Playing Eric, the quiet, hunky, hairy guy from downstairs whom the boys find macho because he actually knows how to use tools, is the well-cast Zachary Bellus.

Playing Eric, the quiet, hunky, hairy guy from downstairs whom the boys find macho because he actually knows how to use tools, is the well-cast Zachary Bellus. On a stage with four other handsome younger actors, Bellus appears, as he has been required to be in other productions (BUA’s SIGNIFICANT OTHER or JRT’s LOOKING THROUGH GLASS) quite good looking.

There are a number of charming touches in this play. Here are some:

THE BOYS UPSTAIRS all cast publicity shot | Clockwise Catania, Bellus, Needham Torres, Beckner. Source -Buffalo United Artists

Similar to Jenn Stafford who received a thunderous ovation in the middle of SGT’s THE TOXIC AVENGER when she played two characters simultaneously, Ricky Needham totally owned a scene in THE BOYS UPSTAIRS as one of Ashley’s one night stands –  the date who could only communicate with snatches of lyrics from Broadway musicals. From A CHORUS LINE to LES MIS to WICKED to, I soon lost count, perhaps 50 other musicals, all the while leaping across furniture and commending the entire stage, Needham, with his beautiful tenor voice, gave a high wire act, both thrilling and hilarious. And the audience reacted the way I gather audiences at earlier performances reacted – they loved it – and I’m sure you will too.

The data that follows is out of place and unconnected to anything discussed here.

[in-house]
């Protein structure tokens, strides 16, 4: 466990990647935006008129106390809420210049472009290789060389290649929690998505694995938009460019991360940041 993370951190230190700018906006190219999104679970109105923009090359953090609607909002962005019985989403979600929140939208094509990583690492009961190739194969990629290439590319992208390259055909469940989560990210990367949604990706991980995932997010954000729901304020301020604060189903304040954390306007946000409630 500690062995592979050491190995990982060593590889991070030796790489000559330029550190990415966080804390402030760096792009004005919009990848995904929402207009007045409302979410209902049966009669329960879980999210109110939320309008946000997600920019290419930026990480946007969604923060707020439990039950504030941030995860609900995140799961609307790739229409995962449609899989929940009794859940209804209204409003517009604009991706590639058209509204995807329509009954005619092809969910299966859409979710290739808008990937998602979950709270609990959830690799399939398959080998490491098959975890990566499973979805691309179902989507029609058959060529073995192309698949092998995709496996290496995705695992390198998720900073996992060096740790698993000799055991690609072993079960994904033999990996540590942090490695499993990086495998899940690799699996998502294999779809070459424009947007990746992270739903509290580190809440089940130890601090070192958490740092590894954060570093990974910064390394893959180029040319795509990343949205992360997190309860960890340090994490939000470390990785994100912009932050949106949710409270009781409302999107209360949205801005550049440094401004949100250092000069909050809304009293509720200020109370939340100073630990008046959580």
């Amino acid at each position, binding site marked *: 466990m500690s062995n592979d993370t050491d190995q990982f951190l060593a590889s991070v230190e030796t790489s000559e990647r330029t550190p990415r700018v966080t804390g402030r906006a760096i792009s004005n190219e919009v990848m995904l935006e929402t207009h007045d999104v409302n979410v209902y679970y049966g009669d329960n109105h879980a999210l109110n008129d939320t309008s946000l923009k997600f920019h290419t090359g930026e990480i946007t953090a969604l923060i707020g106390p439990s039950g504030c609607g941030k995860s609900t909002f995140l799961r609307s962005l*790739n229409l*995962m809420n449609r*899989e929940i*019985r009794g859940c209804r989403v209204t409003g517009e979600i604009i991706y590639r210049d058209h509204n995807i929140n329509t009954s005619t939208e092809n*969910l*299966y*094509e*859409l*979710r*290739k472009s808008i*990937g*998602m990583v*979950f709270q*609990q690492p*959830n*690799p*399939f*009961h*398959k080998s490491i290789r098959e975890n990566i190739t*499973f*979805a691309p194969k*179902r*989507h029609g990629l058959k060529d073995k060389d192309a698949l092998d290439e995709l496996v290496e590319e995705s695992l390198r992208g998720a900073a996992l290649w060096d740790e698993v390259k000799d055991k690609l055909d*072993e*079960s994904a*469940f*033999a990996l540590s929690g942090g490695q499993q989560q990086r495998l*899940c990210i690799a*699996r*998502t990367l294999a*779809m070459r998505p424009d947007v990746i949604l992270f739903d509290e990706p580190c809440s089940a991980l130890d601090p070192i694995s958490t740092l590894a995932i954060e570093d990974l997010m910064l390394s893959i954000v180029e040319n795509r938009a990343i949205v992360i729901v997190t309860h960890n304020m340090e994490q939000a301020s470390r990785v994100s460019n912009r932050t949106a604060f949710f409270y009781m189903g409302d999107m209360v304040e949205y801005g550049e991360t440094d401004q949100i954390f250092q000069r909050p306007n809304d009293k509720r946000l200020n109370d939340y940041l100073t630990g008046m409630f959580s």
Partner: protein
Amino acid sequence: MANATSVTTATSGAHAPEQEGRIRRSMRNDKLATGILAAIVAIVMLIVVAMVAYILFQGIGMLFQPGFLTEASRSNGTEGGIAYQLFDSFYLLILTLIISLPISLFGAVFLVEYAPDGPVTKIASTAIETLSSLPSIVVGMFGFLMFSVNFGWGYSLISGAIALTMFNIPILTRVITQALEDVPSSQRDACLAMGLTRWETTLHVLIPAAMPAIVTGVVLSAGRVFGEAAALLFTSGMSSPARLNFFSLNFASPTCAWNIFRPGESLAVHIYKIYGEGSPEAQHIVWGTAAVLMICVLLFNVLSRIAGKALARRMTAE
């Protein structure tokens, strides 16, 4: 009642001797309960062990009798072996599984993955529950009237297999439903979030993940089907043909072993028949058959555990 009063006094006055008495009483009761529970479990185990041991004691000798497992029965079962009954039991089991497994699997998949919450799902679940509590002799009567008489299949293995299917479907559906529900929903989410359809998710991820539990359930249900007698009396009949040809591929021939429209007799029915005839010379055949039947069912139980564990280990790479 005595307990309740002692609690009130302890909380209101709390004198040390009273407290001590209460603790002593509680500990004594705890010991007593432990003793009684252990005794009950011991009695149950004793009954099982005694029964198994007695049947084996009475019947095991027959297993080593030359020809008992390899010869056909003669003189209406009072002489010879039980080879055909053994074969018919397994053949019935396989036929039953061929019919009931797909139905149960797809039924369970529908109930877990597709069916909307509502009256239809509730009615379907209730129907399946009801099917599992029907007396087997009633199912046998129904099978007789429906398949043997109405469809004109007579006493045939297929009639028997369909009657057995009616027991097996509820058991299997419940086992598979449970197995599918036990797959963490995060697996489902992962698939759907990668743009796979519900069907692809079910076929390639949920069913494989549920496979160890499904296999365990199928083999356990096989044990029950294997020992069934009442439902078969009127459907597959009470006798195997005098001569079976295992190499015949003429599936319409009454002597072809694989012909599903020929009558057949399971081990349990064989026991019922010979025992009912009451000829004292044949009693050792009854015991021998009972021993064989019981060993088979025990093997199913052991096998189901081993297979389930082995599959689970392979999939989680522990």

Other “fun” moments are when Needham plays five other one night stands, each time waking up next to Ashley, on the convertible couch, to the tune “Morning Mood” (from Grieg’s “Peer Gynt Suite”).

Josh creates spur of the moment drinks for his friends (all ending in with “tini”) named after the occasion du jour in the same way that the character Jessie makes up a daily pie to match the situation in the Sara Bareilles 2016 musical WAITRESS.

It’s one of the many little traditions that the roommates continue that make this play so appealing.

Director Todd Fuller moves his actors around the stage convincingly and the scene and costume changes are handled smoothly by Stage Manager Carly Weiser (who recently directed BUA’s BRIGHT COLORS AND BOLD PATTERNS).

This is a fun play from beginning to end, performed by a somewhat younger cast, and you can meet them, after every show, at the traditional BUA ‘meet and greet’ in the lobby.

A note on the locale of the play: “Hell’s Kitchen” on Manhattan’s West Side from 34th to 59th which decades ago was a rough area (and was the setting for the musical WEST SIDE STORY) nowadays is more noted for Lincoln Center, gentrification, and expensive apartments. Don’t let the name fool you.